where yi are the contaminant compositions RTENOTITLE and yj are the hydrocarbon compositions RTENOTITLE, and αi and βi are as given in Table 5.3.

If the composition of the hydrocarbons is unknown but the specific gravity and the nonhydrocarbon compositions are known, the following equations for J and K were developed by Piper et al.[13] on the basis of 1,482 data points:




Then, the pseudocritical properties can be calculated from J and K in Eqs. 5.11 and 5.12.

Example 5.1
Calculation of the z Factor for Sour Gas. Using (a) the Sutton[4] correlation and the Wichert and Aziz[12] correction, and (b) the method of Piper et al.,[13] calculate the z factor for a gas with the following properties and conditions:

γg = 0.7, H2S = 7%, and CO2 = 10%; p = 2,010 psia and T = 75°F.

Solution. (a) First, calculate the pseudocritical properties.


Next, calculate the adjustments to the pseudocritical properties using the Wichert and Aziz[12] parameters.


Next, calculate the pseudoreduced properties:


Finally, looking up the z-factor chart (Fig 5.2) gives z = 0.772.

(b) Using the method of Piper et al.,[13]


The pseudoreduced properties are then:


Finally, looking up the z-factor chart (Fig 5.3) gives z = 0.745.

The two methods give results that differ by 3.6% of the smaller value (z = 0.745), which is within the range of accuracy of either method. Because the method of Piper et al.[13] is based on a larger data set and has integrated the nonhydrocarbon compositions into the method, it is likely to be more accurate.

Gas Density and Formation Volume Factor

The formation volume factor of gas is defined as the ratio of the volume of gas at the reservoir temperature and pressure to the volume at the standard or surface temperature and pressure (ps and Ts). It is given the symbol Bg and is often expressed in either cubic feet of reservoir volume per standard cubic foot of gas or barrels of reservoir volume per standard cubic foot of gas. The gas-deviation factor is unity at standard conditions; hence, the equation for the gas formation volume factor can be calculated using the real gas equation:


The n divides out here because both volumes refer to the same quantity of mass.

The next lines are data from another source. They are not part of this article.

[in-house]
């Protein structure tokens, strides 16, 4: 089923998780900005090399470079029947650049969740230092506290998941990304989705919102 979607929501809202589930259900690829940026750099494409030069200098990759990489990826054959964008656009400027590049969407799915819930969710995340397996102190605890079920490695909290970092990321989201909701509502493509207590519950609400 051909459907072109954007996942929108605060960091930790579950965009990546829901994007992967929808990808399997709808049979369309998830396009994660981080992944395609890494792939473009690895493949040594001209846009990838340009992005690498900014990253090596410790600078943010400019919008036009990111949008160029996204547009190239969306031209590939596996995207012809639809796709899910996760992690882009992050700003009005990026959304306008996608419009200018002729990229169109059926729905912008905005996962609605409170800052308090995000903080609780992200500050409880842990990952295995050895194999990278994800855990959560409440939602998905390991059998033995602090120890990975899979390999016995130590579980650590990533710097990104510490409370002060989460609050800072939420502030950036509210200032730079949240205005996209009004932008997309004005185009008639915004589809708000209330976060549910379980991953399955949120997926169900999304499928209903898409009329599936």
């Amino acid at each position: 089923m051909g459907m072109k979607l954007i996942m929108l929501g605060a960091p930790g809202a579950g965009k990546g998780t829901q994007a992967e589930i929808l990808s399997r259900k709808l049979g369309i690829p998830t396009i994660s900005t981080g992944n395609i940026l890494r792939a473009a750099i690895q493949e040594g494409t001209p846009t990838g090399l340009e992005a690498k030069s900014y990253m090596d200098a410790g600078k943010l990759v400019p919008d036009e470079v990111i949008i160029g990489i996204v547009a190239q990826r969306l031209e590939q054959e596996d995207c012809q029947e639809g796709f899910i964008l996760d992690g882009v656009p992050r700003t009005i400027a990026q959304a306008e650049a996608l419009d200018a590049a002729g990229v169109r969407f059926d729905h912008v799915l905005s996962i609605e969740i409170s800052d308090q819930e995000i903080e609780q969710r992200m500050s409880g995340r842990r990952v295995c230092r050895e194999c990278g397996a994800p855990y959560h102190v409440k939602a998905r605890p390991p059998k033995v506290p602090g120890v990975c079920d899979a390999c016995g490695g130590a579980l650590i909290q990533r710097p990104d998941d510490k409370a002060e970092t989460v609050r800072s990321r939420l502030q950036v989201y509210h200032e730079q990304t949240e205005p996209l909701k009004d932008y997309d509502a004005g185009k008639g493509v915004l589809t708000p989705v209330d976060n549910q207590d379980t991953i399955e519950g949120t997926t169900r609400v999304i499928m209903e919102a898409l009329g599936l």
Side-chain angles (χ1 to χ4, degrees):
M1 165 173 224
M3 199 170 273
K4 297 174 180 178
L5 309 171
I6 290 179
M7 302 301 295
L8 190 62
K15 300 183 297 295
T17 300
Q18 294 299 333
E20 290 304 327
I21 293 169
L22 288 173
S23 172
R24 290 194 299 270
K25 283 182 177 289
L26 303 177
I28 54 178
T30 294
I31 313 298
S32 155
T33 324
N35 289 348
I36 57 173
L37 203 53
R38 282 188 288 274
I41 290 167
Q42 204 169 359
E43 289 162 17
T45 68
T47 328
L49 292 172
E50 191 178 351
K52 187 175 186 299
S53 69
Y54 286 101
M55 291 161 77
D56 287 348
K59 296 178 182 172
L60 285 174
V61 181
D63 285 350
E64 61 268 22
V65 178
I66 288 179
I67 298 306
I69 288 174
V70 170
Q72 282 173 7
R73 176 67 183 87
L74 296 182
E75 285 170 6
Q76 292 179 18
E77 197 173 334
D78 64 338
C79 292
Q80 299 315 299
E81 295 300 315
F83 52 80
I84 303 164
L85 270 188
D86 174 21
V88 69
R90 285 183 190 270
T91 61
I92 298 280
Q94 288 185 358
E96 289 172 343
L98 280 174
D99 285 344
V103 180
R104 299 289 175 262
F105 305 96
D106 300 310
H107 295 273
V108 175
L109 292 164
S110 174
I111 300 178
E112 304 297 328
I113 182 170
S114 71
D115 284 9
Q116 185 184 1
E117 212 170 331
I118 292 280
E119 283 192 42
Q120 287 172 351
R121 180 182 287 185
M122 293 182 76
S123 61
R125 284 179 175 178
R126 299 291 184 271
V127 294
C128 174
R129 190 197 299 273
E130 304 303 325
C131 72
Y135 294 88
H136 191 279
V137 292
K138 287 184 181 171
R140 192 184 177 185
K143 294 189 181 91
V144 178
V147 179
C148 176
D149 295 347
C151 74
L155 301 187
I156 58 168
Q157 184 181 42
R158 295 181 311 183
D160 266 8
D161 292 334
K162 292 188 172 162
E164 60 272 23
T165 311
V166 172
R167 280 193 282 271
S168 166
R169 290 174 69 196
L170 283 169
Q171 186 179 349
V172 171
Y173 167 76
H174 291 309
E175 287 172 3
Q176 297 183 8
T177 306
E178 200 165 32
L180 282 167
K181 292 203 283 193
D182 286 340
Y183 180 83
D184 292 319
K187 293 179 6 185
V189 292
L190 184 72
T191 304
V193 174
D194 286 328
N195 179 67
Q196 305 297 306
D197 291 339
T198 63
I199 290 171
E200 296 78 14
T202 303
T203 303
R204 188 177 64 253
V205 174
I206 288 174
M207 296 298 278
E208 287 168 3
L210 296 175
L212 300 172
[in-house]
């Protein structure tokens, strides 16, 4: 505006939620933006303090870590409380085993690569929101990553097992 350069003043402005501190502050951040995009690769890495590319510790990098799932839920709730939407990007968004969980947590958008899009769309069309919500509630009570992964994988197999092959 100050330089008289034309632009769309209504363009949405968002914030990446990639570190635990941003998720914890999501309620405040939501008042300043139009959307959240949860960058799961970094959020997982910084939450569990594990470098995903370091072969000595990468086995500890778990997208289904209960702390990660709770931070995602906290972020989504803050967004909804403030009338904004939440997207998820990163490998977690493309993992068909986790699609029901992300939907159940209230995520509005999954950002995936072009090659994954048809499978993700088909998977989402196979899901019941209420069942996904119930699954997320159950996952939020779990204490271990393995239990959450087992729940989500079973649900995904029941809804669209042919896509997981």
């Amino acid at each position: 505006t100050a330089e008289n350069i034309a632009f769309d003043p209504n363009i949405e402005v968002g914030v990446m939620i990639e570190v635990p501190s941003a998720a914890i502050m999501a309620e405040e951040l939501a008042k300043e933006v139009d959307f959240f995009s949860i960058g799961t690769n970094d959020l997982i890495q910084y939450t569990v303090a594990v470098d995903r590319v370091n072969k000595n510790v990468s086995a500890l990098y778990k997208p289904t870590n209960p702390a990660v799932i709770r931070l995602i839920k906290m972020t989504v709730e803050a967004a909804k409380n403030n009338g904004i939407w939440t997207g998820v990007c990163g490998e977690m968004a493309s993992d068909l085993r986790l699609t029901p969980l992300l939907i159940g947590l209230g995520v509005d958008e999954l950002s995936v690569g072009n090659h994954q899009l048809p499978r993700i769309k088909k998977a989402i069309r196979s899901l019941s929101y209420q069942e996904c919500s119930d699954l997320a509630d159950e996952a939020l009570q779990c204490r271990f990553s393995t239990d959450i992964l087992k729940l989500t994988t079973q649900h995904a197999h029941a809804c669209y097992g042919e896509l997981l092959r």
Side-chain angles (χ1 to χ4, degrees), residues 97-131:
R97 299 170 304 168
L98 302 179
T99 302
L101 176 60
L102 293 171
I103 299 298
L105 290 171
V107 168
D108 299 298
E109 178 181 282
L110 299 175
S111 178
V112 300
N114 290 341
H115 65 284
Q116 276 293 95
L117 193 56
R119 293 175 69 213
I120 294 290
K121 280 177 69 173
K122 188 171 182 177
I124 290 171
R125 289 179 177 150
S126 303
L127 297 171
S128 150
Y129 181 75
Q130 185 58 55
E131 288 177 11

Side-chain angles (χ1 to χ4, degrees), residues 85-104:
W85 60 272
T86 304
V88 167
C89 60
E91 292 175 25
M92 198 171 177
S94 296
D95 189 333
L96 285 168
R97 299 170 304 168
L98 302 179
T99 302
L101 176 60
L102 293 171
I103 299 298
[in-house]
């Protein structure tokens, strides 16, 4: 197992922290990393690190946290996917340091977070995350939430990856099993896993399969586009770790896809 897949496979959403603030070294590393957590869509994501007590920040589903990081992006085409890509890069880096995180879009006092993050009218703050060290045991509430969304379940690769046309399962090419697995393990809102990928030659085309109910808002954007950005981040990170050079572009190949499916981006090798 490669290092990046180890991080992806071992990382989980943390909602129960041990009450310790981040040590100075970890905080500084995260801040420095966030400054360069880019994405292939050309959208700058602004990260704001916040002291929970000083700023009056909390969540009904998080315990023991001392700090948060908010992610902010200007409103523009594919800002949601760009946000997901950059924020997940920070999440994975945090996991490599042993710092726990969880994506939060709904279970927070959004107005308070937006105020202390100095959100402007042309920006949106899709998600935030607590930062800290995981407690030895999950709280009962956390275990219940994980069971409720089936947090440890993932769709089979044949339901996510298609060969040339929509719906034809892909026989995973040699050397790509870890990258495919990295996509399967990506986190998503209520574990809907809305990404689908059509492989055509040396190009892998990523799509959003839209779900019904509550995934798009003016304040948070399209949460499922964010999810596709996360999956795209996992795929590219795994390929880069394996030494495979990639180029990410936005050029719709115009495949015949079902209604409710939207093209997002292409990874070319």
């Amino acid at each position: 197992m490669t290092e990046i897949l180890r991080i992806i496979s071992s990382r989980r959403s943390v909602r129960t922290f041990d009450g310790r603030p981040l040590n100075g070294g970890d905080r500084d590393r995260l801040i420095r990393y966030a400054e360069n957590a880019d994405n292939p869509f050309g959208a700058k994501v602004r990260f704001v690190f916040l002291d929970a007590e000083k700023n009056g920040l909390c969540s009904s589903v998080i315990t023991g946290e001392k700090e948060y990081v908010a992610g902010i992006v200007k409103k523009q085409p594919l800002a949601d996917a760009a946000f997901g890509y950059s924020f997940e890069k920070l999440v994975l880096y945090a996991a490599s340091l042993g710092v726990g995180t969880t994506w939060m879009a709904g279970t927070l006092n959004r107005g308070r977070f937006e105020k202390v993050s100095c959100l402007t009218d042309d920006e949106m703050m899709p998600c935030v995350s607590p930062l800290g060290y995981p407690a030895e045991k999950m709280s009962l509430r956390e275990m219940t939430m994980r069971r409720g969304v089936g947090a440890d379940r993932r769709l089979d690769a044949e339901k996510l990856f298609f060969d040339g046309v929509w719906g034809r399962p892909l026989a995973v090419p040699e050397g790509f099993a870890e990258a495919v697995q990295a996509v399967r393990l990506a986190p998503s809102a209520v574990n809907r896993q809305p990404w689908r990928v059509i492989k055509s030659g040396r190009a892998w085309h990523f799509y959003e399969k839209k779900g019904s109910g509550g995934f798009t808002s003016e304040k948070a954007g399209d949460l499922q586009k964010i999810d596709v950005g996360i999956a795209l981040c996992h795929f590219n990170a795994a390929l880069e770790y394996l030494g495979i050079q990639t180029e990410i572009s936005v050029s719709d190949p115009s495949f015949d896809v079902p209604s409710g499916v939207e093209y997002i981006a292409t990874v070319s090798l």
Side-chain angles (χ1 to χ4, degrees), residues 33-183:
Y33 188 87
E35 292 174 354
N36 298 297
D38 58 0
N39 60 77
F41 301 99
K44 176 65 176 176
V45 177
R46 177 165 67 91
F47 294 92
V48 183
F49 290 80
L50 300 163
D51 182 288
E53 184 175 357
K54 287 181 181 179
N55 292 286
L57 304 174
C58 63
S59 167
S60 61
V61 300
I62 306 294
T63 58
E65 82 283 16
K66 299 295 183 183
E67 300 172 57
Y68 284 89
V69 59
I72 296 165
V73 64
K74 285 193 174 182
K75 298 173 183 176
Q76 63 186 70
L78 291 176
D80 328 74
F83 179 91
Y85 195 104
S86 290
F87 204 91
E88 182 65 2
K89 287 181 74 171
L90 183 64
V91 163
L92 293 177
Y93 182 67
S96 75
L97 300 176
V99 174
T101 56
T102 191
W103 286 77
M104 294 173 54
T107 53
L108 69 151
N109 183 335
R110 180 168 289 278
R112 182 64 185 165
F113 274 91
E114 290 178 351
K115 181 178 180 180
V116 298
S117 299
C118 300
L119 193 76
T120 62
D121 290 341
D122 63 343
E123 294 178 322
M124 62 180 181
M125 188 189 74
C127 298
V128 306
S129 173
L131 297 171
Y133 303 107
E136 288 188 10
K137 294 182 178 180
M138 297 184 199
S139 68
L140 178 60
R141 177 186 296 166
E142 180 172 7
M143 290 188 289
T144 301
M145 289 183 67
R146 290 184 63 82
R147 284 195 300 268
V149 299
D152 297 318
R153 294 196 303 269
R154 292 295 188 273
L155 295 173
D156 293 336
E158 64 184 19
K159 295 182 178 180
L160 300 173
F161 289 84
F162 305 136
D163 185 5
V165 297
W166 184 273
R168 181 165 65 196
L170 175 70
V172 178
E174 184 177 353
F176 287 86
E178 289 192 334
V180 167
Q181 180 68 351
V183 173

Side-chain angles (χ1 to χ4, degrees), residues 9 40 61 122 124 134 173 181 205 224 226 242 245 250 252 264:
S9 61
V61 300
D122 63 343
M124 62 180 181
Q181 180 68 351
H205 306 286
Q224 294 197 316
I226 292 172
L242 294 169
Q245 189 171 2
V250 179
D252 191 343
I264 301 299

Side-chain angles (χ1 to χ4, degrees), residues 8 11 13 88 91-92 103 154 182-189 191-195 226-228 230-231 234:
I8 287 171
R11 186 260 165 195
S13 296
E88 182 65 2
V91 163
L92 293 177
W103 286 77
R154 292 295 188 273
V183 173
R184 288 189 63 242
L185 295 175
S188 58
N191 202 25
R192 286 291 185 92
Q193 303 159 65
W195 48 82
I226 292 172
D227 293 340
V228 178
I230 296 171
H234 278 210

When ps is 1 atm (14.696 psia or 101.325 kPa) and Ts is 60°F (519.67°R or 288.71°K), this equation can be written in three well-known standard forms:


where rcf/scf = reservoir cubic feet per standard cubic feet, RB = reservoir barrels, and Rm3/Sm3 = reservoir cubic meters per standard cubic meters. The formation volume factor is always in units of reservoir volumes per standard volumes.

The three forms in Eq. 5.25 are for specific units. In the first two equation forms, the pressure is in psia and the temperature is in °R. In the third form, the pressure is in kPa and the temperature is in K.

The density of a reservoir gas is defined as the mass of the gas divided by its reservoir volume, so it can also be derived and calculated from the real-gas law:


Isothermal Compressibility of Gases

The isothermal gas compressibility, cg, is a useful concept that is used extensively in determining the compressible properties of the reservoir. The isothermal compressibility is also the reciprocal of the bulk modulus of elasticity. Gas usually is the most compressible medium in the reservoir; however, care should be taken so that it is not confused with the gas-deviation factor, z, which is sometimes called the compressibility factor.

The isothermal gas compressibility is defined as:


An expression in terms of z and p for the compressibility can be derived from the real-gas law (Eq. 5.5):


From the real-gas equation of state,




For gases at low pressures, the second term is small, and the isothermal compressibility can be approximated by cg ≈ 1/p. Eq. 5.30 is not particularly convenient for determining the gas compressibility because in Fig 5.2 and Eq. 5.16, z is not actually expressed as a function of p but of pr. However, Eq. 5.30 can be made more convenient when written in terms of a dimensionless, pseudoreduced gas compressibility defined as